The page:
Video Works is funded via Patreon (http://www.patreon.com/gamespite) — support the show and get access to every episode up to two weeks in advance of its YouTube debut! Plus, exclusive podcasts, eBooks, and more!

Production notes:

  • NES and Famicom footage in this episode was captured from  @Analogue  Nt / Nt Mini / Nt Mini Noir via RGB out.
  • PS1 footage captured from PlayStation hardware via RGB cable.
  • Super NES footage captured from Super NES model 2 via JP21 SCART cable. - Standard definition video upscaled to 720 with xRGB Mini Framemeister and  @Retro Tink  5X.

I may have gone a little overboard with this episode, but it seemed worth doing. For one thing, the creator of the Golgo 13 series, Takao Saito, recently passed away. And for another, upon revisiting this game in the context of its original release chronology on NES, I came away deeply impressed by how much the developers attempted to do here. Did they nail it? Oh, lord, no. But where this game is easily written off as a kludgey mess when viewed in light of the entire nine-year NES release library, back in autumn 1988, it tried to do a LOT with the limited resources and collective game design wisdom of the time. Containing a good half-dozen presentation and gameplay styles, a globe-spanning storyline, and a genuine good-faith effort to recreate the essence of the manga property it's based on, Golgo 13: Top Secret Episode is damn impressive for what it is. (Albeit a heck of a mess.) Kids: Beware of tiny 8-bit boobies and blood spray.

Video Works is funded via Patreon (http://www.patreon.com/gamespite) — support the show and get access to every episode up to two weeks in advance of its YouTube debut! Plus, exclusive podcasts, eBooks, and more! Production notes:

  • NES and Famicom footage in this episode was captured from  @Analogue Nt Mini Noir via RGB out.
  • Standard definition video upscaled to 720 with xRGB Mini Framemeister and  @Retro Tink  5X. There is a small amount of visual distortion in the upper portion of some footage that the latest Retro Tink firmware update appears to address.

We have a follow-up to a 1986 classic here, in deed if not in name: Life Force, the sequel to Konami's Gradius. Well, sort of. It's complicated. But since we never saw the actual Gradius II on NES, this will have to do. Life Force makes use of the same excellent power-up system as Gradius with some refinements, including a new weapon option, new handling of Options, a revamped shield, and perhaps most importantly a far more forgiving respawn system upon the player's inevitable demise. Along with these improvements, Life Force also incorporates two-player simultaneous action and introduces a unique dual-format scrolling system seen nowhere else in the Gradius series. It's quality fare, and a real technical and gameplay highlight for the NES... a feat that becomes all the more impressive when you consider how it had to be scaled back from the Famicom release to work within the constraints of U.S. cartridges.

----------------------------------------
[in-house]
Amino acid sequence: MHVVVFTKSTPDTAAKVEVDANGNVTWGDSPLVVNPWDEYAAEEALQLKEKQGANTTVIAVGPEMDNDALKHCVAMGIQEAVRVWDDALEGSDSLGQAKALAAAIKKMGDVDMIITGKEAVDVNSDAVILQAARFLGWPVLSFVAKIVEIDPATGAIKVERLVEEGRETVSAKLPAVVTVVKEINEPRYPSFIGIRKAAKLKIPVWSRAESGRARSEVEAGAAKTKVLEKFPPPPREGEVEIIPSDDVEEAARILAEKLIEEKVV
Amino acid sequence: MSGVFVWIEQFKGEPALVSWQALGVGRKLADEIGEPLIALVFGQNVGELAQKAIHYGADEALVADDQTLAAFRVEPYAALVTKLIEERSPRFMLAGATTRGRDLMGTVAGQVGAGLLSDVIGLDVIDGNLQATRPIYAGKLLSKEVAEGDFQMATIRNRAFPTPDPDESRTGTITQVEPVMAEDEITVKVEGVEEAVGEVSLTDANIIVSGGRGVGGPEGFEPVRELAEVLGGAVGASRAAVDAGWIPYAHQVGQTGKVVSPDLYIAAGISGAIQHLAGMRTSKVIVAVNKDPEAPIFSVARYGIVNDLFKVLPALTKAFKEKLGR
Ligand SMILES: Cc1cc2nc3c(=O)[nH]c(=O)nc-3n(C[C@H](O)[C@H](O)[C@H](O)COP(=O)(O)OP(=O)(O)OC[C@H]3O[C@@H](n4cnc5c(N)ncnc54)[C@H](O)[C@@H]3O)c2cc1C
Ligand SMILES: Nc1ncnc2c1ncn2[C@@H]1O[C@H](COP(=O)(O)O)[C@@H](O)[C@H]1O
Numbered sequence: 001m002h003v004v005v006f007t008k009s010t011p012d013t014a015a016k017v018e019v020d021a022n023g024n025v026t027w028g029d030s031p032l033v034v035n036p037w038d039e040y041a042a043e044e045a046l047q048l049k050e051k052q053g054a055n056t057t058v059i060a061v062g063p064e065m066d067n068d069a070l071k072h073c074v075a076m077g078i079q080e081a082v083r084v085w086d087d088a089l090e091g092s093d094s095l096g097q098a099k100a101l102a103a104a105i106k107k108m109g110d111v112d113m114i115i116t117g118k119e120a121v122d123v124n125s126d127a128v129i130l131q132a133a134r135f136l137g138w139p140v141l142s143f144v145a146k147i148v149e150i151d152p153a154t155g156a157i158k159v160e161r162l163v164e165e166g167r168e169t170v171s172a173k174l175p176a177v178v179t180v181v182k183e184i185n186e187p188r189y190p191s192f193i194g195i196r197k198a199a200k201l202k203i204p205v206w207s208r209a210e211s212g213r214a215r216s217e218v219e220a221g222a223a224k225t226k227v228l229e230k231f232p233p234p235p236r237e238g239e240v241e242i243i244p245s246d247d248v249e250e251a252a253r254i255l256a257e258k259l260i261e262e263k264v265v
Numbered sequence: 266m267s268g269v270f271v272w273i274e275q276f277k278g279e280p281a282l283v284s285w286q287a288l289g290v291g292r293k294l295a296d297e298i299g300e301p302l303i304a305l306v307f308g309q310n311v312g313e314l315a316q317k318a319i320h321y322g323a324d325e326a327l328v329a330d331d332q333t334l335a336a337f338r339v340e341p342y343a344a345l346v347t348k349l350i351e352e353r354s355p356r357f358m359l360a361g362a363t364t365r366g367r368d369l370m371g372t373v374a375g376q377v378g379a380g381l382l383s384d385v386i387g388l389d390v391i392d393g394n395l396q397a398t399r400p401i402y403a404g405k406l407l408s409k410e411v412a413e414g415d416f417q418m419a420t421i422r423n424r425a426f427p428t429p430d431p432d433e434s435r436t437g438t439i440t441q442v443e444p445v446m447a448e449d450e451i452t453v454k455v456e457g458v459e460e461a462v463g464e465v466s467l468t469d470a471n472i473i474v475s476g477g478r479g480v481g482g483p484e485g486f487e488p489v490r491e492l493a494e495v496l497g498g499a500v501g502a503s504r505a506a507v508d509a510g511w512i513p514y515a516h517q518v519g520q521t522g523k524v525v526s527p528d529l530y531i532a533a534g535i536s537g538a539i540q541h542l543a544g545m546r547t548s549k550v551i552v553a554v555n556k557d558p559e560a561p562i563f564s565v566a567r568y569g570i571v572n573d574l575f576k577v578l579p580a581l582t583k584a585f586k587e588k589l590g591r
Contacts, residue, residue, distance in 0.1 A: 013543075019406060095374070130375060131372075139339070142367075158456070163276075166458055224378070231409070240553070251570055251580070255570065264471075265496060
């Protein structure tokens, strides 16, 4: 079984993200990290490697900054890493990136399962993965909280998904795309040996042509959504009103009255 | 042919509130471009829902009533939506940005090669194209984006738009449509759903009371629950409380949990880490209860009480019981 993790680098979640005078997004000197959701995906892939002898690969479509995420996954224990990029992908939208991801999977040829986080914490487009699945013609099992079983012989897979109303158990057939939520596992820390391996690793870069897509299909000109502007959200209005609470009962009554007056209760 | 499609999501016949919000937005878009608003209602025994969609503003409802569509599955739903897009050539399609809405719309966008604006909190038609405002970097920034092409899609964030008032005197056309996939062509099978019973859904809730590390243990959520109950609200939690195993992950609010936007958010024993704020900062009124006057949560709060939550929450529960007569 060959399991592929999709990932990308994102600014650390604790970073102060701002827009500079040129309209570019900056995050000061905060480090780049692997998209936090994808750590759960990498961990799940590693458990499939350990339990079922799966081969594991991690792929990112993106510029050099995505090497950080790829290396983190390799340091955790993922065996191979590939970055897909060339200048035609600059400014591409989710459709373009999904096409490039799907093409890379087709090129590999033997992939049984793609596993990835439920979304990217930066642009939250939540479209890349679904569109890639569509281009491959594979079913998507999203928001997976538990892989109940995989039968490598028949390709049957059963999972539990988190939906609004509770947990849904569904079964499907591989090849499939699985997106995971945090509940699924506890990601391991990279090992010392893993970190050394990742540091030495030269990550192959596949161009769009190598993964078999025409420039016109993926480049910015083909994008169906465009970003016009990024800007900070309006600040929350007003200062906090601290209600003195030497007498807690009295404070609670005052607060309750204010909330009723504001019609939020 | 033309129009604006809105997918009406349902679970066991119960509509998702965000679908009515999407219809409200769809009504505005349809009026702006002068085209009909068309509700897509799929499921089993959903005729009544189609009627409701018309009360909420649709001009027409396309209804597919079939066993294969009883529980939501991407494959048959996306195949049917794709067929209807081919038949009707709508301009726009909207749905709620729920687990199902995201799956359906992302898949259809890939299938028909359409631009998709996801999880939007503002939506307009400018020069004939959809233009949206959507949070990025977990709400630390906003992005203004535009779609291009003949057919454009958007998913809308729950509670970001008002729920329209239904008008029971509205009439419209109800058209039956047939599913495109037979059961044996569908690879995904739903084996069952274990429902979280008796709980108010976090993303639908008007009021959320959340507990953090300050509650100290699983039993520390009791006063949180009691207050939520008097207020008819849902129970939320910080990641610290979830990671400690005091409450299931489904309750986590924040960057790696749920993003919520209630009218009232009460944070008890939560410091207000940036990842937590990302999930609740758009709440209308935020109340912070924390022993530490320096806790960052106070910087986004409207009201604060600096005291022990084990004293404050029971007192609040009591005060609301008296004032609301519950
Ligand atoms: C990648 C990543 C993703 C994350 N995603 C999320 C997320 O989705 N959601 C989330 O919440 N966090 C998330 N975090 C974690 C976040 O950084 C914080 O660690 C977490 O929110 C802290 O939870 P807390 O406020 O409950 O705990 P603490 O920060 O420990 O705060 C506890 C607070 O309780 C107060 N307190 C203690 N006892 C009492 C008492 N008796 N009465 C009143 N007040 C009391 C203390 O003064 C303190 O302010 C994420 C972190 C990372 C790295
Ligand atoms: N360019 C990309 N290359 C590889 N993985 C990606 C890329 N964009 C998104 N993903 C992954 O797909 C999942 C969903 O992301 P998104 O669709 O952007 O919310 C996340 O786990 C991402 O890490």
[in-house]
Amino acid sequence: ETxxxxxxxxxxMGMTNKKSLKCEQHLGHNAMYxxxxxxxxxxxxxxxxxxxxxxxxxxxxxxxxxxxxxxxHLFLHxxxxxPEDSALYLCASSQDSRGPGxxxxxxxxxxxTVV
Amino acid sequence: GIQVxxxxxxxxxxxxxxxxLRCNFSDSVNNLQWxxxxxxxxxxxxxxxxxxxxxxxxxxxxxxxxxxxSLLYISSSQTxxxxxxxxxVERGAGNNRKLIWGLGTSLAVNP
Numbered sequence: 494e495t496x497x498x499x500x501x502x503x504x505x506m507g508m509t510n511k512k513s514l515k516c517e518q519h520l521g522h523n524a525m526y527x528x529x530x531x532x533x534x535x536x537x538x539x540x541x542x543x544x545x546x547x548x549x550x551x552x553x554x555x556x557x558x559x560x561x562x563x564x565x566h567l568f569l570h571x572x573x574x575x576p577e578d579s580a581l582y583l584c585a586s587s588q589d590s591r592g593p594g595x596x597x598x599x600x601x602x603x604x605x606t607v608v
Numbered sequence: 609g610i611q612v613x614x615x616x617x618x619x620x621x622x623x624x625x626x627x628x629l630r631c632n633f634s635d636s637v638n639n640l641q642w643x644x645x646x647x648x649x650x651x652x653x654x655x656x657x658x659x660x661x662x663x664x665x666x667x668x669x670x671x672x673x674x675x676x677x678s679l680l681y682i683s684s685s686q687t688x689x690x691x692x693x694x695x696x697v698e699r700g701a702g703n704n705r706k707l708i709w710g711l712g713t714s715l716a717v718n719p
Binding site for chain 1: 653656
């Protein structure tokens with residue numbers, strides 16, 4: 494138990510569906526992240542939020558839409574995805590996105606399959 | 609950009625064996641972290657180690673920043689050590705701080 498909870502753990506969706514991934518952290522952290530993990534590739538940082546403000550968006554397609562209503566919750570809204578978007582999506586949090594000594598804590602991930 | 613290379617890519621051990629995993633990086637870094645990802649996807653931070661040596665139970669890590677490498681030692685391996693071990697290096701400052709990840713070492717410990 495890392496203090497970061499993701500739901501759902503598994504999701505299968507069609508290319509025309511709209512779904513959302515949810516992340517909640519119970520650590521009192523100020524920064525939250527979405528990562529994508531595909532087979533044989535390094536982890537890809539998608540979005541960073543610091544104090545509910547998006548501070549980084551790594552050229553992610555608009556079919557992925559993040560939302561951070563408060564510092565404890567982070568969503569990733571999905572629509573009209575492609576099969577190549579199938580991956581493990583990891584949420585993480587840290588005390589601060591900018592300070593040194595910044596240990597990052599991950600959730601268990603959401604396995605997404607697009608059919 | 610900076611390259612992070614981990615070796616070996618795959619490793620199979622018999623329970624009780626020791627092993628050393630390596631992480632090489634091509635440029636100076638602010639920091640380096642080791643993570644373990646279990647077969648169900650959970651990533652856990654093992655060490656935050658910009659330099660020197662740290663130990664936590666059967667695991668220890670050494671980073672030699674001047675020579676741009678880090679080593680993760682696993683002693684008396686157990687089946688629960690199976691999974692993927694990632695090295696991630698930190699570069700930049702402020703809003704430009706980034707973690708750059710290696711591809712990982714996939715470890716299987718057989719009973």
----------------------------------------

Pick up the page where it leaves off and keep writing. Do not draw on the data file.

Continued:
Video Works is funded via Patreon (http://www.patreon.com/gamespite) — support the show and get access to every episode up to two weeks in advance of its YouTube debut! Plus, exclusive podcasts, eBooks, and more!

Production notes:

  • NES and Famicom footage in this episode was captured from  @Analogue  Nt / Nt Mini / Nt Mini Noir via RGB out.
  • Standard definition video upscaled to 720 with xRGB Mini Framemeister and  @Retro Tink  5X. There is a small amount of visual distortion in certain vertically scrolling sequences that the latest Retro Tink firmware update appears to address.

This episode focuses on perception, especially vis-a-vis Bases Loaded. A certain demographic of NES owners LOVES Bases Loaded. However, in my experience, people who discovered the NES later (when better and better-looking baseball sims were available for the console) tend to find it lacking and shallow. And then there is the Japanese Famicom owner's perspective, in which Bases Loaded (aka Moero!! Pro Yakyuu) is almost universally reviled. How could so many people hold such contradictory points of view?

This episode delves deeply into that question. This episode also talks about Lee Trevino's Fighting Golf. (Yes, I am aware of The Simpsons' parody. No, it's not germane to this discussion.)

Video Works is funded via Patreon (http://www.patreon.com/gamespite) — support the show and get access to every episode up to two weeks in advance of its YouTube debut! Plus, exclusive podcasts, eBooks, and more!

Production notes:

  • NES and Famicom footage in this episode was captured from  @Analogue  Nt / Nt Mini / Nt Mini Noir via RGB out.
  • Neo Geo footage was captured from a consolized MVS.
  • Standard definition video upscaled to 720 with xRGB Mini Framemeister and  @Retro Tink  5X.

It feels like Famicom is kind of playing catch-up with SG-1000 this episode, as every game appearing here arrived on shelves in the wake of a Sega-published equivalent—either the exact same game (as in Space Invaders), one exploring the same root concept in different ways (Soccer), or a game with almost suspicious conceptual and mechanical similarities (Formation Z). Of course, the Nintendo version of these games absolutely eclipsed Sega's, right? Well... maybe not always.